For some people, the Solstices are times of spiritual celebration. For others, they mark the first day of winter and of summer, respectively.
For me, the Solstices also mark the days the light really changes. Winters and summers often produce the most remarkable skies. That’s how it should be. After all, spring and autumn have their own colors — flowering plants and fall foliage — so the skies have no need to contribute to the brilliance.
Winter Solstice means more vivid sunrises and, sometimes, more colorful sunsets. It means longer, more purplish shadows and whiter noonday sunlight.
The sunrises are what matters most to me, as that’s when I really enjoy sketching.
This morning — Christmas Eve day — I was delighted to see the sky’s shades of peach to pale magenta to teal to blue. They were slightly echoed in the grey trees on a neighboring hillside.
With my breakfast getting cold on the sideboard, I was at my easel, painting as quickly as I could. For me, it’s important to be inspired by the colors, but also to have them as references as I work.
I’m very pleased with this sketch. It’s very representative of the Lakes and White Mountain areas of New Hampshire. The mountains always provide a sense of depth, but — because they’re not towering — they’re also very sheltering and comforting.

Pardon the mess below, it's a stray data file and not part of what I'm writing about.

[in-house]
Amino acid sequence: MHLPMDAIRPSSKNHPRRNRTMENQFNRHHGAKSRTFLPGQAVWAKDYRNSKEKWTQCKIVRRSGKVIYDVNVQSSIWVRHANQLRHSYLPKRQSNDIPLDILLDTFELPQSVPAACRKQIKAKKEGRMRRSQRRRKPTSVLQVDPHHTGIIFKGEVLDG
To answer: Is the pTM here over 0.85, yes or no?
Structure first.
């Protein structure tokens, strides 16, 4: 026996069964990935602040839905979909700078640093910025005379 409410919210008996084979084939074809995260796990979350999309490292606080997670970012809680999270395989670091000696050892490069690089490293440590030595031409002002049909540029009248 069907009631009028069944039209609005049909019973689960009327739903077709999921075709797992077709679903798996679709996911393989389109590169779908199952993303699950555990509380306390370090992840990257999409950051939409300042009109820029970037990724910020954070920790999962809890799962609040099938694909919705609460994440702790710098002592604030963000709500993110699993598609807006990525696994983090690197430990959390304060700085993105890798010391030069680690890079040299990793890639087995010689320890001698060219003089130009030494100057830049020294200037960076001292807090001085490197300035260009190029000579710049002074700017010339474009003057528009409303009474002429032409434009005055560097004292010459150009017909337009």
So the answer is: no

On Christmas Eve day, that’s a very nice feeling.
At right, you can see some details from this sketch. As usual, I’d underpainted the canvas with cadmium red. You can see the red peering through from behind thinner areas of paint.
Then, I used water-soluble oil paints for the sketch. My palette is based on the colors recommended by Emile Gruppe, with whom my mother studied: Ultramarine blue, Alizarin crimson, Cadmium red, Cadmium orange, Cadmium yellow, Lemon yellow, and Pthalo blue. I also use white, and sometimes Sap green; I’m out of the latter right now, so I mixed my own greens for this painting.
I used three paintbrushes: One for the blue sky, and one for the peach-to-pink sky areas. Keeping those separate keeps the colors clean and true.
The rest of the painting was finished with the third paintbrush, starting with the purple areas and then adding blues and eventually greens.
Because those colors needed to blend, I simply kept painting with the same brush. I didn’t use any water or painting medium… I just went straight to the canvas from the palette.
The canvasboard is 12″ x 12″ and the sketch took me about 20 minutes to complete. It was one of those works that seemed entirely inspired, and no tweaking, overpainting or corrections were necessary.
I’m very pleased with it, particularly the subtlety of the colors.
This sketch will be a (slightly late) present for my husband’s aunt. She has a very artistic and creative home, and it’ll look perfect in that setting.